Categories of Special Interest
Architectural Artistic Historical Social
Shrule Church of Ireland Parish Church
In Use As
1800 - 1825
Detached Church of Ireland church on cruciform-plan, rebuilt 1824, incorporating earlier nave dating from c. 1800, having three-bay nave elevations, single-bay transepts to the northeast and southwest, full-height chancel to the northeast and four-stage tower square-plan to the southwest (entrance) gable having corbelled corner pinnacles and a needle spire on octagonal-plan over. Pitched natural slate roofs with cast-iron ridge crestings and cross finials and rainwater goods and stepped cut limestone stepped copings. Carved limestone corbels to corners. Cut limestone crenellations to tower. Roughcast rendered rubble limestone walls over limestone plinth. Limestone string courses to tower. Round-headed window openings with cut limestone hoodmouldings, chamfered surrounds and bar tracery, with paired trefoil-headed/cusped lights. Round-arched openings to tower at belfry level with louvers, circular window openings to third stage, square-headed window openings with triple trefoil-headed lights to second stage, all with cut limestone surrounds, and hood and label mouldings. Round-headed door opening with carved limestone label moulding with label stops and cut limestone surround, having timber battened double doors and limestone threshold. Graveyard to site with mainly nineteenth-century gravestones, and Shuldham family vault, having cast-iron railings and cut-limestone plaque. Set back from road behind cut limestone square-profile piers, rubble stone boundary walls and plinth with cast-iron railings and cast-iron double-leaf gates. Located to the southeast end of Ballymahon.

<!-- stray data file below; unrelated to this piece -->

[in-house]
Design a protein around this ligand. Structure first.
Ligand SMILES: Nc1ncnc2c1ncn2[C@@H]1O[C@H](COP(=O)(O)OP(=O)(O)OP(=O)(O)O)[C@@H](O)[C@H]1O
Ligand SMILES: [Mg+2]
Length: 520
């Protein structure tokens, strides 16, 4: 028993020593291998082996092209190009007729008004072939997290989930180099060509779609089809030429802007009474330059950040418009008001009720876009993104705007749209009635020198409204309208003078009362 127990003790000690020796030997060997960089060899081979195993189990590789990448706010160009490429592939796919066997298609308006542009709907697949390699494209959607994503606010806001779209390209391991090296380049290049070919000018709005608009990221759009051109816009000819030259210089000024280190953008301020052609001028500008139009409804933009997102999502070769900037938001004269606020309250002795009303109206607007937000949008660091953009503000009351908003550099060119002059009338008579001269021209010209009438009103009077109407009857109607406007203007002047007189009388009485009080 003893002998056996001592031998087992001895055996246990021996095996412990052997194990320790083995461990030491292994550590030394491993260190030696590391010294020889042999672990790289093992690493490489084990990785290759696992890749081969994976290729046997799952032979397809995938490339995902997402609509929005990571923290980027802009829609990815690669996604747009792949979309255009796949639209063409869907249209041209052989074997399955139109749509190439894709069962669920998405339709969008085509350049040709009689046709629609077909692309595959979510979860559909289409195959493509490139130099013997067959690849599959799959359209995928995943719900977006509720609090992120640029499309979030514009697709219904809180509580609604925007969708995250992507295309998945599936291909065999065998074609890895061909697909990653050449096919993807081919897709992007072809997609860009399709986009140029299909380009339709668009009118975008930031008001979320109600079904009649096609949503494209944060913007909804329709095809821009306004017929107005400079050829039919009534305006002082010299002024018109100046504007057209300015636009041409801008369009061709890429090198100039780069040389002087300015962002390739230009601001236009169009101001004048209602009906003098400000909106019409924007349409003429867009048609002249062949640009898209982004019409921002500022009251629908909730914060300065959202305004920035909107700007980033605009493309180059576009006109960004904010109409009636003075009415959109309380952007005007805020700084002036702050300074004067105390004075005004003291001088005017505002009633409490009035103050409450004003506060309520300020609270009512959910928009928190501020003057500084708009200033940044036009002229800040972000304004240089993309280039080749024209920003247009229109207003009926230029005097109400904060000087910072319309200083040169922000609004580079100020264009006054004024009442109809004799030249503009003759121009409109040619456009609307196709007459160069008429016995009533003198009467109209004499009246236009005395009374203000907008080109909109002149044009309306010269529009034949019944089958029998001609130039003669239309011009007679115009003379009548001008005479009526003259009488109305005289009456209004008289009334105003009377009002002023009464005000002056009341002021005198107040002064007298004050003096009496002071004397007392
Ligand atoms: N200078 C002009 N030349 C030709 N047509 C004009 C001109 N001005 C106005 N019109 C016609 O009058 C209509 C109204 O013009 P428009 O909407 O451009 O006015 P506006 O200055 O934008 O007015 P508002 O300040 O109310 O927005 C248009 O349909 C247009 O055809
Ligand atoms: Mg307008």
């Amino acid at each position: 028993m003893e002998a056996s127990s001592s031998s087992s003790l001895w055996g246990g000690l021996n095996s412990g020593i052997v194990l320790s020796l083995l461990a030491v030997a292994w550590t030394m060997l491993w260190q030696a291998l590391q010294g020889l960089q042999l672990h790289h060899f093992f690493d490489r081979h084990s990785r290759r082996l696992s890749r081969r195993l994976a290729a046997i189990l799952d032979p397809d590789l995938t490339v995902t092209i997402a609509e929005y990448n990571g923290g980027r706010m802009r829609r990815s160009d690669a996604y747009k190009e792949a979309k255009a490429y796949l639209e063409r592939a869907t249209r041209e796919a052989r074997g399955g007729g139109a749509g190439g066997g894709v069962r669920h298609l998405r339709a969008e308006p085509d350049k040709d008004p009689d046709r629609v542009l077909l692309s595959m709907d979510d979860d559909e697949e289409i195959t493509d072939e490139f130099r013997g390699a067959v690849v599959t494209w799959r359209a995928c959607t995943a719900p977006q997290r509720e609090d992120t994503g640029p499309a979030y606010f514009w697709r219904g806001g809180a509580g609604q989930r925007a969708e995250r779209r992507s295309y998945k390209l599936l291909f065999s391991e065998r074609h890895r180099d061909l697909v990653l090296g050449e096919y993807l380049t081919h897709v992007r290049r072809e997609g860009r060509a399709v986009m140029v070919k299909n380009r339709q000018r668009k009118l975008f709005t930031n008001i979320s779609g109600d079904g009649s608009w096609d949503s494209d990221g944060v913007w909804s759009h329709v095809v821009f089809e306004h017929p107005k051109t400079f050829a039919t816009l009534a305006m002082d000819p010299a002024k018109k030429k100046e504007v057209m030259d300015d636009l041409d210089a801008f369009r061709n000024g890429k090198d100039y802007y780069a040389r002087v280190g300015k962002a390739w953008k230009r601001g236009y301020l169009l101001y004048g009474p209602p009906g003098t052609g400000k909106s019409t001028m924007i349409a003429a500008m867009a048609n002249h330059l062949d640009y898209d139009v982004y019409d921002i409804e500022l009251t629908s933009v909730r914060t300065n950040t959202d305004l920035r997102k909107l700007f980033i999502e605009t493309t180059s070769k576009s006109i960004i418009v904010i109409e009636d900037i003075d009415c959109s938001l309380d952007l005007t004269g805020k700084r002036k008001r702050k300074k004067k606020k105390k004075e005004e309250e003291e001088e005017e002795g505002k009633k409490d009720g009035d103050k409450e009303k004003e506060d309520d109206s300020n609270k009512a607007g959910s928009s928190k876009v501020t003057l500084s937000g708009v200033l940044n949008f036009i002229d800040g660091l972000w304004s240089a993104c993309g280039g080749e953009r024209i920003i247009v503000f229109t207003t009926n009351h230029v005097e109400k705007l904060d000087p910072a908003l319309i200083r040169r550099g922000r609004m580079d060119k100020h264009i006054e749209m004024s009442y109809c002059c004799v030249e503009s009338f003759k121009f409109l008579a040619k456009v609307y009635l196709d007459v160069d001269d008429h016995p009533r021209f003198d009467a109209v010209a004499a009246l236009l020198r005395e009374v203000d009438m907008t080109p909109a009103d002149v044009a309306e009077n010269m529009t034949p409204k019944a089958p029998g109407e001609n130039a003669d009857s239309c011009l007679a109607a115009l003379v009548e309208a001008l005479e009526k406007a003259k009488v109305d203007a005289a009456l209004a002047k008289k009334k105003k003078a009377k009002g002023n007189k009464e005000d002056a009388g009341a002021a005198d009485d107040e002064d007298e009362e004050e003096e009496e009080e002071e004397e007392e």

An attractive early nineteenth-century Church of Ireland church, which retains its early form, character and fabric. Its layout is typical of the standard hall and tower church, which were built in great numbers, particularly between 1808 - 1830, using loans and grants from the Board of First Fruits (1722 - 1833). These small, simple, but well-built churches have become almost iconographic features of the Irish countryside. The tall graceful spire, further emphasised by its narrowness, is a prominent feature in the town of Ballymahon. The skill of nineteenth-century craftsmen is evident in its construction and also in the interesting carved corbels, stepped coping, label mouldings, and bar tracery. Built or rebuilt to designs by the Dublin architect Samuel Mullen, who also designed the court house/market house (13316010) in Ballymahon. It displays a high level of attention to detail in both its design and execution, the result of a grant of £1140 by the Board of First Fruits in 1824 (Lewis 1837) for the extension and alteration of the pre-existing church, a simple structure built c. 1800. It is likely that the tower and spire were added as part of the 1824 alterations. Repairs and alterations were also effected in 1890. The surrounding graveyard contains an interesting collection of grave markers, the earliest of which is dated 1774, hinting that the present church occupies the site of an earlier edifice. The Shuldham family plot is located to the southwest corner of the graveyard. The Shuldham family developed much of the town of Ballymahon during the early-nineteenth century and funded the construction of the court house/market house in the town. The simple boundary walls, railings and gateways complete the setting of this interesting and appealing composition. Associated Church of Ireland rectory located to the southwest (13402610).